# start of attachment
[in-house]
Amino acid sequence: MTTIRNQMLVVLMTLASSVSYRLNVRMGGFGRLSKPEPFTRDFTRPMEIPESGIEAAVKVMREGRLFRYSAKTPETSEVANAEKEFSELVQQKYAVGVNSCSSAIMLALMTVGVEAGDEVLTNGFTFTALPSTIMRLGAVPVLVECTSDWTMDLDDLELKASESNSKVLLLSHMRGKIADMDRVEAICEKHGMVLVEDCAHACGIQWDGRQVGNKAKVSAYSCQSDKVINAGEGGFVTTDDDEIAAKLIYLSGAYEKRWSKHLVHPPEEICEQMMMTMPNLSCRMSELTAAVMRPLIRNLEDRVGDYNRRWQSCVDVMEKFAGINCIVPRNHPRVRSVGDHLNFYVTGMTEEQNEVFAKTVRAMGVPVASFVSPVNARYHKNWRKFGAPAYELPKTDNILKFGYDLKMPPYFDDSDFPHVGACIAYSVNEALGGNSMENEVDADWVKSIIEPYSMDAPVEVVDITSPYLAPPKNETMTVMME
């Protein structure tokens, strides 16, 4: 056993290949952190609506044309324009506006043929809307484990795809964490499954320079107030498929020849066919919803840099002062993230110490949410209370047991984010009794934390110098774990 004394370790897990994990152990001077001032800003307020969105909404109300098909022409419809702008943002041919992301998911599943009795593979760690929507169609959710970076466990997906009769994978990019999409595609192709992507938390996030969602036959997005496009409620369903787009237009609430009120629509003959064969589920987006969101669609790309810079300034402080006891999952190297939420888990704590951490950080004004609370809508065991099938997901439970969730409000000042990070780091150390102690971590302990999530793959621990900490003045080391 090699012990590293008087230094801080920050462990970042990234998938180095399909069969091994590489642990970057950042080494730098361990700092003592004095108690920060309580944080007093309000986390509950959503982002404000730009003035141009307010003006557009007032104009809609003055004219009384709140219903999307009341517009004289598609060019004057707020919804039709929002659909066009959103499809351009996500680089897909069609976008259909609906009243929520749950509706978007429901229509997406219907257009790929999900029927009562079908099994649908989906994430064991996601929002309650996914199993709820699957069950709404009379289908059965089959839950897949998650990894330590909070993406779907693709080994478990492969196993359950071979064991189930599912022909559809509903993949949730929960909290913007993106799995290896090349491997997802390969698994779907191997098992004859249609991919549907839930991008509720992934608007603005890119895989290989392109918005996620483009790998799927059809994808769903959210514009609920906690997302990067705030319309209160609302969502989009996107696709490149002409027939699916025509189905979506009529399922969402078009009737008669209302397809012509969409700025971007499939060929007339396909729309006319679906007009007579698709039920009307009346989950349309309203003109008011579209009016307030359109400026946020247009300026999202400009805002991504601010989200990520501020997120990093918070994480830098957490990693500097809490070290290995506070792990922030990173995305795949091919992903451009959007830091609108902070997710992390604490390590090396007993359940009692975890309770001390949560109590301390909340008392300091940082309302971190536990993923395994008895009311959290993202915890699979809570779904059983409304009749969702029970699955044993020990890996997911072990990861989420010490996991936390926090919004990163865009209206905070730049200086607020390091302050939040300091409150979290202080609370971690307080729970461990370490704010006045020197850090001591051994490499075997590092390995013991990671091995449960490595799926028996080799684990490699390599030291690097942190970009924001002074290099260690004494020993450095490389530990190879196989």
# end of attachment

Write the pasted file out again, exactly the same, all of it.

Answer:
[in-house]
Amino acid sequence: MTTIRNQMLVVLMTLASSVSYRLNVRMGGFGRLSKPEPFTRDFTRPMEIPESGIEAAVKVMREGRLFRYSAKTPETSEVANAEKEFSELVQQKYAVGVNSCSSAIMLALMTVGVEAGDEVLTNGFTFTALPSTIMRLGAVPVLVECTSDWTMDLDDLELKASESNSKVLLLSHMRGKIADMDRVEAICEKHGMVLVEDCAHACGIQWDGRQVGNKAKVSAYSCQSDKVINAGEGGFVTTDDDEIAAKLIYLSGAYEKRWSKHLVHPPEEICEQMMMTMPNLSCRMSELTAAVMRPLIRNLEDRVGDYNRRWQSCVDVMEKFAGINCIVPRNHPRVRSVGDHLNFYVTGMTEEQNEVFAKTVRAMGVPVASFVSPVNARYHKNWRKFGAPAYELPKTDNILKFGYDLKMPPYFDDSDFPHVGACIAYSVNEALGGNSMENEVDADWVKSIIEPYSMDAPVEVVDITSPYLAPPKNETMTVMME
């Protein structure tokens, strides 16, 4: 056993290949952190609506044309324009506006043929809307484990795809964490499954320079107030498929020849066919919803840099002062993230110490949410209370047991984010009794934390110098774990 004394370790897990994990152990001077001032800003307020969105909404109300098909022409419809702008943002041919992301998911599943009795593979760690929507169609959710970076466990997906009769994978990019999409595609192709992507938390996030969602036959997005496009409620369903787009237009609430009120629509003959064969589920987006969101669609790309810079300034402080006891999952190297939420888990704590951490950080004004609370809508065991099938997901439970969730409000000042990070780091150390102690971590302990999530793959621990900490003045080391 090699012990590293008087230094801080920050462990970042990234998938180095399909069969091994590489642990970057950042080494730098361990700092003592004095108690920060309580944080007093309000986390509950959503982002404000730009003035141009307010003006557009007032104009809609003055004219009384709140219903999307009341517009004289598609060019004057707020919804039709929002659909066009959103499809351009996500680089897909069609976008259909609906009243929520749950509706978007429901229509997406219907257009790929999900029927009562079908099994649908989906994430064991996601929002309650996914199993709820699957069950709404009379289908059965089959839950897949998650990894330590909070993406779907693709080994478990492969196993359950071979064991189930599912022909559809509903993949949730929960909290913007993106799995290896090349491997997802390969698994779907191997098992004859249609991919549907839930991008509720992934608007603005890119895989290989392109918005996620483009790998799927059809994808769903959210514009609920906690997302990067705030319309209160609302969502989009996107696709490149002409027939699916025509189905979506009529399922969402078009009737008669209302397809012509969409700025971007499939060929007339396909729309006319679906007009007579698709039920009307009346989950349309309203003109008011579209009016307030359109400026946020247009300026999202400009805002991504601010989200990520501020997120990093918070994480830098957490990693500097809490070290290995506070792990922030990173995305795949091919992903451009959007830091609108902070997710992390604490390590090396007993359940009692975890309770001390949560109590301390909340008392300091940082309302971190536990993923395994008895009311959290993202915890699979809570779904059983409304009749969702029970699955044993020990890996997911072990990861989420010490996991936390926090919004990163865009209206905070730049200086607020390091302050939040300091409150979290202080609370971690307080729970461990370490704010006045020197850090001591051994490499075997590092390995013991990671091995449960490595799926028996080799684990490699390599030291690097942190970009924001002074290099260690004494020993450095490389530990190879196989």